Course and Target Laying – Distance

In this series of posts I’ve been looking at course laying and shot selection.  The last post covered some thoughts on elevation and in this one I’m going to cover distance.

Society Rules

In the NFAS (National Field Archery Society)  you shoot over unmarked distances so it is down to the archers own skills in distance judgement to calculate how far the target is. You aren’t allowed to use any range finding equipment and only a few classes are allowed to use sights. I know other societies allow the use of range finders or shoot marked distances. Likewise some societies specify you have to have x number of 30 yard shots, y number of 40 yard etc.
On this topic some would say the role of the course layer is to try and make the judgement of distance difficult by using dead ground or the like. Personally I would say a good course layer should be able to lay a course that encourages sighted archers to change their sight marks or pins.

What effect does distance have?

Well the further the shot the longer time in air the arrow has and therefore more chance for environment to effect the arrows flight. What I mean by environment is  maybe gust of wind or when  shooting in the rain. The other thing to consider is a shot can’t be too close.
Well think of the archers paradox, you need to give the arrow chance to straighten, for this reason I would say never put a shot in closer that 3 yards. Look at this weasel shot form the 2013 Nationals.
Paper Ermin

Paper Ermin

It was only a few yards away from the shooting pegs but the level it was set at and height off the ground along with proximity to the stumps made you think.  It goes to show that a long distance relative to target size is obvious but sometimes a close shot can challenging.

Below is a good example of a medium shot of just about 30 yards. The reason I include this here is it also highlights the effect tree branches can have. If you putting a longish shot in keep a thought for overhanging tree branches, you might need to clear a few to ensure the shot is safe.

First view from Red peg

First view from Red peg

Stretched shot

I can’t cover distance without saying a word or two on stretched shots. Stretched shot are not challenging, simply beyond the distance it should be. This differs from a long shot, which can be challenging if there is a good chance of hitting.
The 3d tiger was a long shot as far as distance is concerned being over 50 yards but as it’s a large target its still hittable.
3D tiger from red peg

3D tiger from red peg

Wolverine Archers are famous for their long shot Kong. Just to give you an idea here is a video of the distance

What is long or is considered long varies. Personally I think anything over 40 yards is boarding on long for most archers. Don’t get me wrong I like the occasional longer shot, so long as the target size is appropriate.

In the next post on course and target planning I will address the ideas and issues associated with identifying suitable target size.

If you find this useful or have any questions then please contact me.

As always thanks for reading.

Shoot report – Doverdale September 2013


My grandparents raised me when my mam went out to work. They always said if you can’t say something good don’t say anything.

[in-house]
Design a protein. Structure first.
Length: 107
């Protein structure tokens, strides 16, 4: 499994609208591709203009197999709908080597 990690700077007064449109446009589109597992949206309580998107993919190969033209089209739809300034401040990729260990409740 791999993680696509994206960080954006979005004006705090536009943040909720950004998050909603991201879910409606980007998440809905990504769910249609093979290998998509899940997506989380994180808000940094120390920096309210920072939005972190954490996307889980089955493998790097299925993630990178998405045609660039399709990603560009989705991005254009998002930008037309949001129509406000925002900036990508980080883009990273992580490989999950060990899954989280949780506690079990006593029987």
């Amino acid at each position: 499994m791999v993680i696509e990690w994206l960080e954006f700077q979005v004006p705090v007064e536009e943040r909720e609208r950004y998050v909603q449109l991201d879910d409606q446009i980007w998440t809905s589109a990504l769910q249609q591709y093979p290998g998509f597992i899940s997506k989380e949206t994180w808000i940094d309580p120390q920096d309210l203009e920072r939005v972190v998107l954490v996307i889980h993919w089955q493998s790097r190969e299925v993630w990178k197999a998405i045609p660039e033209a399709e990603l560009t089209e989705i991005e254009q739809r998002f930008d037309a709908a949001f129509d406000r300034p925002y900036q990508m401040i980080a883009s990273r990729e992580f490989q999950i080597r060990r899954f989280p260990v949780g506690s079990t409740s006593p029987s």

I don’t entirely believe in that as constructive comments can be very helpful.

So here goes. On Sunday we headed about 15 minutes drive down the road to Doverdale shoot ground, a local club who have seen a number of changes in recent months.

We’d shot there previously and been demoralised by their tendency to stretch distances to shots. Stretching is a term I use when the target face or 3d is set further than the norm i.e. if a target is normally set at say 20 yards it might be a challenge at 22 yards but stretched if at 25 yards or more. (under NFAS rules all targets are shot over unmarked distances)

I know a few members of our club had not booked on the shoot because of past experiences, but we thought we would give them the benefit of the doubt.

Sunday was sunny but had a slight chill in the air, fortunately it stayed dry all day. Some 80 archers attended the event which would see a mix of 3d and paper faces. They have a mix deciduous mature woodland with a few dips and avenues.

So on to the course. Well I would say some targets weren’t stretched they were plain ridiculous.

Can think of two out of 36 that were sensible distance.

To give an example of the type of shot we faced. JVD, a paper target face publisher, produces a pheasant target face you often see on shoots. Normally it is set at 15 -18 yards for the first shooting peg, maybe 20 yards at a push. That day it was set at over 30 yards!!


We shot (or attempted to) a paper face mallard that could have been a duckling for the distance.


The shoot was immensely depressing to shoot and I must admit to giving up half way round. The only redeeming feature was the company as all of us were fed up.

I have never walked off a shoot but came close at lunchtime as did a number of others. I think many will vote with their feet next time and simply not book for their next shoot.

The day before we did our club shoot, which was a 36 target 3d course. Sharon scored 536 on Saturday and at Doverdale she scored 412, that was the winning score. I shot 670 on Saturday and 500 at the open shoot. Although we were both placed we were immensely demoralised by the shoot. Heaven knows what others thought.

Thanks for reading.